1.07m equates to 15 per cent of all young people in the UK and, what’s more, ONS (Office for National Statistics) stats show that over half of these are actively looking for employment.
Many of our young people are left in a ‘catch 22’ situation – they can’t get a job without experience, but can’t get experience without a job. However, there’s plenty of evidence that taking on young people is beneficial for businesses.
Young people can bring fresh ideas and approaches to the table, and their perspective is particularly valuable where markets are rapidly changing or rely on a youthful customer base. As an example of this, research company GfK recently released a report looking into skills gaps within the technology industry. They found that 77 per cent of Tech City businesses could grow faster if the right skills were available. Younger employees shed new light on current trends, helping businesses keep ahead with the latest technology or working practices within their sector.
Alongside these benefits, younger people – whether they’ve recently left school, college or university – are cost effective to recruit and to train. Offering work placements can serve as an informal trial period both for businesses and the candidate.
Investing in young people brings returns in commitment and loyalty. Providing them with the chance to learn and gain experience opens many doors, which is invaluable in today’s job market. Nurturing and unlocking young people’s talent and realising their potential motivates and engages them even further. People who have bought in to the company values and culture from the start, and who have trained and progressed with a business, are more likely to stay with that business.
Just 15 per cent of employers offer apprenticeships, and yet 80 per cent of those who do agree that they make the workplace more productive. The average apprenticeship increases business productivity by £214 per week, with these gains including increased profits, lower prices and better products.
Recent research from Investors in People (IIP) shows that almost half of British workers – over 14m people – are considering moving jobs over the next year, as the upturn in the economy increases confidence in the job market. This means many businesses will be looking to recruit. Instead of looking for a ‘like-for-like’ replacement, here is an opportunity for businesses to reconsider how best to structure their organisation to reflect today’s marketplace.
Statistics show that most businesses find education leavers well prepared for the world of work: a staggering 84 per cent of companies reported that university graduates were readily employable and 72 per cent finding so of 17 – 18 year olds after leaving college.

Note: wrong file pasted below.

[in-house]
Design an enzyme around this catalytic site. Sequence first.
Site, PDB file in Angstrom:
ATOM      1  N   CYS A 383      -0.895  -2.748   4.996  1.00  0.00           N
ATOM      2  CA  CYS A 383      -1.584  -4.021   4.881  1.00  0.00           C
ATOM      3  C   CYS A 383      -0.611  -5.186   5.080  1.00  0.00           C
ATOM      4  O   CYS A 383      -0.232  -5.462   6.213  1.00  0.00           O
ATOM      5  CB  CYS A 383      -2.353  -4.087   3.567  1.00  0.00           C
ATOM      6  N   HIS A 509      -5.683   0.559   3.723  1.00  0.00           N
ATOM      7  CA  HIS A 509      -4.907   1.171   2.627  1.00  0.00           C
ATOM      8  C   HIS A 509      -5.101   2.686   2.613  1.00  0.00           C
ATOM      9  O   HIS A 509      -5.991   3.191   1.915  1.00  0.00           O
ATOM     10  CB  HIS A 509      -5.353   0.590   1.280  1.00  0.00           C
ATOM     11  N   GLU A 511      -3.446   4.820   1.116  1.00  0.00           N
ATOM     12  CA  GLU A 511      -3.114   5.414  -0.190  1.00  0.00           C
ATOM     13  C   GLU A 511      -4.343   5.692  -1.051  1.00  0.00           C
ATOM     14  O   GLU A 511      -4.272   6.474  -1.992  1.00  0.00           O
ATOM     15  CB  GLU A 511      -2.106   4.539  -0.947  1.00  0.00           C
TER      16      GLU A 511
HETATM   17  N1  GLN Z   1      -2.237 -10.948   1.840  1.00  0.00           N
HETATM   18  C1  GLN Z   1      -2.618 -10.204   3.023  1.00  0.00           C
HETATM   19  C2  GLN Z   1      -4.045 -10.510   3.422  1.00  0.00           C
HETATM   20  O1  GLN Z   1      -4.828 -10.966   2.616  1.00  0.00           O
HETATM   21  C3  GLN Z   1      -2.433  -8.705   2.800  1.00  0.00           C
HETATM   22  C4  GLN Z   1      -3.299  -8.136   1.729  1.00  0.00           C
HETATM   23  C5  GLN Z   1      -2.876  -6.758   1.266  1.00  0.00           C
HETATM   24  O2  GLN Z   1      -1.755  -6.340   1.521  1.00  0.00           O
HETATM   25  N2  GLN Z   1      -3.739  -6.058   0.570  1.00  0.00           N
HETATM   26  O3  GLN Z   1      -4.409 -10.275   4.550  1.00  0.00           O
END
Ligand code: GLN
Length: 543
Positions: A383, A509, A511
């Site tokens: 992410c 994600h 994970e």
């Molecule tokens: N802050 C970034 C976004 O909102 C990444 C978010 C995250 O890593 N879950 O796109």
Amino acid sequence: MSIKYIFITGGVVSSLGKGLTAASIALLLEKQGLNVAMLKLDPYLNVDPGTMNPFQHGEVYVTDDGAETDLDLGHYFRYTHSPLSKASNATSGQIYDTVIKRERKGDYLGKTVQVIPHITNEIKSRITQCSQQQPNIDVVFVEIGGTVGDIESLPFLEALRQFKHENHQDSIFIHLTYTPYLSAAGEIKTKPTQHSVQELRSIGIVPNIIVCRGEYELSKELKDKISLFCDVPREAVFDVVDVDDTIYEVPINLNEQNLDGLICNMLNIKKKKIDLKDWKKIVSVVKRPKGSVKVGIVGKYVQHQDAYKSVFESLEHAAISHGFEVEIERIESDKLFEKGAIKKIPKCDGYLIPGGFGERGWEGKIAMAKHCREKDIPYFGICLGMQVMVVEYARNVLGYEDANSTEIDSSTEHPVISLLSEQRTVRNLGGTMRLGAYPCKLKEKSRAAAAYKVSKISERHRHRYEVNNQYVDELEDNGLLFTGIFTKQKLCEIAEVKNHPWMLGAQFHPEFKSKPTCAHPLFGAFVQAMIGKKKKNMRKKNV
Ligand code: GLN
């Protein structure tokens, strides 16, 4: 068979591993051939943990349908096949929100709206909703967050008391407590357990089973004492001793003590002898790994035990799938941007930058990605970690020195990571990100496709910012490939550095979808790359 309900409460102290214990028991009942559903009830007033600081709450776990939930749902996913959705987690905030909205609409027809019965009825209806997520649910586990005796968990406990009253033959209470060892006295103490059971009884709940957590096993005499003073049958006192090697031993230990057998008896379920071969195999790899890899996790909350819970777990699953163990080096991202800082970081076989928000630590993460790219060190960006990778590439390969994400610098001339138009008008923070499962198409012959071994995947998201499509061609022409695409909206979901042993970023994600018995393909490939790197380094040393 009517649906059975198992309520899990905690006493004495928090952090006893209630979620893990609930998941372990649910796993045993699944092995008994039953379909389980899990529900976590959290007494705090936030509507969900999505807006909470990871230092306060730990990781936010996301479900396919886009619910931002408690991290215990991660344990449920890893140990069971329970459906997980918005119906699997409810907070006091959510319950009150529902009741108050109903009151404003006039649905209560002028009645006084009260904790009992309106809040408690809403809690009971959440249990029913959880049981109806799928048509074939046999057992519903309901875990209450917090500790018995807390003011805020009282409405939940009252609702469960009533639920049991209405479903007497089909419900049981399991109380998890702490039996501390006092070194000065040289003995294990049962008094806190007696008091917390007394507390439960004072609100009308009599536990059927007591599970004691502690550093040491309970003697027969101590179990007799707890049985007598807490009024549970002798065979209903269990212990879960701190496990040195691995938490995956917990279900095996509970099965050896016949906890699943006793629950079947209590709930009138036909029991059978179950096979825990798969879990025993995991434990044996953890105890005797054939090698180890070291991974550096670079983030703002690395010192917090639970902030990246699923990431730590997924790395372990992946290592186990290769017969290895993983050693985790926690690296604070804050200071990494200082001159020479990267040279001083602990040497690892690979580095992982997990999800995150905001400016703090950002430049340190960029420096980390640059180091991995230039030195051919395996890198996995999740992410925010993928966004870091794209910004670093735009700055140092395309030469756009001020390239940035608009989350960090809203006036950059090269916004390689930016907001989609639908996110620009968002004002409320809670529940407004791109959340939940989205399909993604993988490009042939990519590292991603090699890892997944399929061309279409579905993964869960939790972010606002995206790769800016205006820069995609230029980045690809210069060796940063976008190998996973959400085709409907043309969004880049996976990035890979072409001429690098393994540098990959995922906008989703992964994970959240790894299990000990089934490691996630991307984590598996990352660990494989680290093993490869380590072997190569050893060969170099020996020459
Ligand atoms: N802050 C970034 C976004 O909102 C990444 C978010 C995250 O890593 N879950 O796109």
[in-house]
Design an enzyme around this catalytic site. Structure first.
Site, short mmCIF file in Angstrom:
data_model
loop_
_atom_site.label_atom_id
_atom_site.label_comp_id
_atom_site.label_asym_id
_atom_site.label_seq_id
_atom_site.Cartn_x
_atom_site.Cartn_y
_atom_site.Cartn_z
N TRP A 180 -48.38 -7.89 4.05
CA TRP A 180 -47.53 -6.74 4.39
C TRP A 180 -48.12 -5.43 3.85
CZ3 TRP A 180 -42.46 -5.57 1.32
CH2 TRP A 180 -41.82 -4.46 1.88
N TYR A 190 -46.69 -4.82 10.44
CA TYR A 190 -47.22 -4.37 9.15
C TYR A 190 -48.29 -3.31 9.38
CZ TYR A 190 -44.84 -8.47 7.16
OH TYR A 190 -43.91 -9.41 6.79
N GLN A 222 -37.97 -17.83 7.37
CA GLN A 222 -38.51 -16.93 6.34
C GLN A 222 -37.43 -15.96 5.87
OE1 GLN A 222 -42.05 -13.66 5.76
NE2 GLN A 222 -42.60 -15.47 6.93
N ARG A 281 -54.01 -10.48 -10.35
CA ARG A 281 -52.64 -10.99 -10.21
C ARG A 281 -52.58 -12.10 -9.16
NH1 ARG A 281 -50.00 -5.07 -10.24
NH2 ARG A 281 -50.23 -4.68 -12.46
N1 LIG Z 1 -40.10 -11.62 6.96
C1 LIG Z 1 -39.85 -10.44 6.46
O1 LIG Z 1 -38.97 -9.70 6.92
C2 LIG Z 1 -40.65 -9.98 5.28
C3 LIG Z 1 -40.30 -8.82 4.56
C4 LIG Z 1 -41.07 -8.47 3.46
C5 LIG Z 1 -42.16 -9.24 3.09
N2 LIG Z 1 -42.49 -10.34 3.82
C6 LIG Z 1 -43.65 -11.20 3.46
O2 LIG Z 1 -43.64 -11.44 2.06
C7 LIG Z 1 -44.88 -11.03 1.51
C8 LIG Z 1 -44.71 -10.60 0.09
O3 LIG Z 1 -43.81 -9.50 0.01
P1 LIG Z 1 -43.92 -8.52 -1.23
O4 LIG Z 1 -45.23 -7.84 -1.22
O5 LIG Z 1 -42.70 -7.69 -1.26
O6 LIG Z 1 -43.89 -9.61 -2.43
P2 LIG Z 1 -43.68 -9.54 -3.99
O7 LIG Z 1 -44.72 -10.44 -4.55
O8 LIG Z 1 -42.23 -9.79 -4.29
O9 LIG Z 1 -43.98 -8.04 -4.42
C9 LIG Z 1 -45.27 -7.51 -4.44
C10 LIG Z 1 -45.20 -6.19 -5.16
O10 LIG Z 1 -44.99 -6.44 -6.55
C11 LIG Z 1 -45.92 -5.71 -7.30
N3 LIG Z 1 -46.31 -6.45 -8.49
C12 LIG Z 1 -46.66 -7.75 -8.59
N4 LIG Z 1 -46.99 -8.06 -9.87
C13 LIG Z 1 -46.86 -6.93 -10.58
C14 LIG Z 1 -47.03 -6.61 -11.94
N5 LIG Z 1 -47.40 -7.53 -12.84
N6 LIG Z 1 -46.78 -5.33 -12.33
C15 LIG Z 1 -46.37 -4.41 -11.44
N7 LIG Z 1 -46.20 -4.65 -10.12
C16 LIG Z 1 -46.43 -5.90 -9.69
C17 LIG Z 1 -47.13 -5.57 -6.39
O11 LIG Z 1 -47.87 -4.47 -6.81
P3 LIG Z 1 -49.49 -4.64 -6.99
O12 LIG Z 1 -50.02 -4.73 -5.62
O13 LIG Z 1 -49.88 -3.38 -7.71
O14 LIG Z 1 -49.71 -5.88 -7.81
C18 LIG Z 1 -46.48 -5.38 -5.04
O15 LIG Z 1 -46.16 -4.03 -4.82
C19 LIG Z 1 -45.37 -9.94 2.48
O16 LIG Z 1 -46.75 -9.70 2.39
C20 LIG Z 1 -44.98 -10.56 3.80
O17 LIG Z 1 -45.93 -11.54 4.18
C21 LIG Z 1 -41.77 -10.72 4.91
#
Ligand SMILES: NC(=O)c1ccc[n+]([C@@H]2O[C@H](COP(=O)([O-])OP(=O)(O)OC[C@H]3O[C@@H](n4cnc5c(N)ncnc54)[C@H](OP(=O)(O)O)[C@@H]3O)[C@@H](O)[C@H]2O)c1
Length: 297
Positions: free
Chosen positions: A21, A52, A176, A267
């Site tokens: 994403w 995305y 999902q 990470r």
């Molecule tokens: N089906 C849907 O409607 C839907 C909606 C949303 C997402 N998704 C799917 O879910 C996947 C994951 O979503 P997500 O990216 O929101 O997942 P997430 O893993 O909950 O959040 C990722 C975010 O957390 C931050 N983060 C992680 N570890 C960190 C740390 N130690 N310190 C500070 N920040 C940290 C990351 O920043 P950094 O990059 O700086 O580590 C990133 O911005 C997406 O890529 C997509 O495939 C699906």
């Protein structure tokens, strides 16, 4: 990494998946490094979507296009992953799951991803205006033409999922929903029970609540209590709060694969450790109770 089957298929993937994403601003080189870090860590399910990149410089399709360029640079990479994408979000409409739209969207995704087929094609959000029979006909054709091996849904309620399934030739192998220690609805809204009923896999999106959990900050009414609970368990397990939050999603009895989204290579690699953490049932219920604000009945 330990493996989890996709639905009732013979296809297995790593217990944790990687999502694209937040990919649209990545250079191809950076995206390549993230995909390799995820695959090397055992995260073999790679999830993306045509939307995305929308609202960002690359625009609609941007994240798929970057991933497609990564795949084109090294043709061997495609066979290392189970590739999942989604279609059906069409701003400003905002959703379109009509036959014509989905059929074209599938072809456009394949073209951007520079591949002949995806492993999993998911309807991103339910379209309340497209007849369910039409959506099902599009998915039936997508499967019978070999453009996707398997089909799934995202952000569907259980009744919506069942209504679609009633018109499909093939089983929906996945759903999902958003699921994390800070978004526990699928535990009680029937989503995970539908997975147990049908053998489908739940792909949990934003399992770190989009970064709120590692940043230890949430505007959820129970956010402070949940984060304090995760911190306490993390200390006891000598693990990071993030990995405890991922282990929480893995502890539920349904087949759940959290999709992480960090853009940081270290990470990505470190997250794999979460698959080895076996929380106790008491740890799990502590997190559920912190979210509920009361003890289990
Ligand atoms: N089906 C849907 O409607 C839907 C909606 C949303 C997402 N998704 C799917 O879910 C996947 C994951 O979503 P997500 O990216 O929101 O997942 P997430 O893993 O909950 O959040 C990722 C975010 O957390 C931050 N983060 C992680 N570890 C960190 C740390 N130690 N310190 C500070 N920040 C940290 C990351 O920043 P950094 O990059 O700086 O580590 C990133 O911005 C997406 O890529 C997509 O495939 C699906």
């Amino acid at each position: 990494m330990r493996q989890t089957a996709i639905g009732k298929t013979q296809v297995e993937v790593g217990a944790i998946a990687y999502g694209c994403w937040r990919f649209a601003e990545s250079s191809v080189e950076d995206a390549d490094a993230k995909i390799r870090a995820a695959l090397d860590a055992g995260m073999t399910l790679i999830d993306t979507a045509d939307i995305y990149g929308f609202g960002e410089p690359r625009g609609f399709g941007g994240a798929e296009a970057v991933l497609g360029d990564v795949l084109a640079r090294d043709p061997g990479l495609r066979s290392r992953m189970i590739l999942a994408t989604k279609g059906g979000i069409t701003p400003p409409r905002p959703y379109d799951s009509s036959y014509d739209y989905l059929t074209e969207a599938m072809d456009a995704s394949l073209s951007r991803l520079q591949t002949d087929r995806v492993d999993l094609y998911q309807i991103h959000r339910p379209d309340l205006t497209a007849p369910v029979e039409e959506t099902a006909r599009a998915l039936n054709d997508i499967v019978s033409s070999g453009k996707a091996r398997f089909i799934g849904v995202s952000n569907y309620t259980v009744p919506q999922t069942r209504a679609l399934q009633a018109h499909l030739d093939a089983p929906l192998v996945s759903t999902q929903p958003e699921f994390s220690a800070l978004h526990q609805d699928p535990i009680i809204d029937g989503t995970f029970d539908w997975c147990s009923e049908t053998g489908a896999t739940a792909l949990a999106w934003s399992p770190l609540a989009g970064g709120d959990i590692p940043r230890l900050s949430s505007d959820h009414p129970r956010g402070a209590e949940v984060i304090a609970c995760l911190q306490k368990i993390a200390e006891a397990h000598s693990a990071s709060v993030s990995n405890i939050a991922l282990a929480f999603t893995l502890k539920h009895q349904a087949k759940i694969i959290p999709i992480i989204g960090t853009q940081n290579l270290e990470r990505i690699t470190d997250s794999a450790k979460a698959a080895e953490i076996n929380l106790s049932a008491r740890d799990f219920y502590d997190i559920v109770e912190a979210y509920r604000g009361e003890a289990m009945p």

Developing a talent pipeline is important for businesses. Not only can it help with succession planning; it reduces the risks associated with unplanned retirements, staff absences and skills shortages. Investing in young people is also proven to attract new business and build a positive reputation – 81 per cent of consumers would prefer to use a company that employs apprentices.
IIP recommends that companies should try building a ‘youth policy’ into routine business planning to ensure they are nurturing and cultivating the business leaders of tomorrow, as well as opening the business up to the proven benefits that come from employing young people.
IIP accredited organisation Pyronix is an example of a company that is successfully doing this. The globally recognised manufacturer of Security Equipment has a history of recruiting young people and it has seen the benefits in terms of performance, loyalty and business growth. The company has even collaborated with Sheffield Hallam University to offer a three-month graduate internship. One such candidate on the programme joined the marketing team and quickly became a valuable employee. Her language skills in particular contributed to Pyronix’s expansion, allowing the organisation to market in Germany. At the end of her internship she was offered a full-time position and is still with the organisation today.
Julie Kenny, Chairman and Chief Executive of Pyronix, comments: “As a young person I was given the opportunity to train as a legal secretary and it changed my life. Someone believed in me which gave me the confidence, motivation and skills to better myself. Pyronix has a long history of recruiting young people and I have seen real benefits to my business.”
Working with the IIP Framework can help you to invest in young people. We can provide guidance and information on available funding to help with the training costs associated with apprenticeships, as well as direct you towards the resources which help you source suitable candidates.
Paul Devoy is Head of Investors in People.
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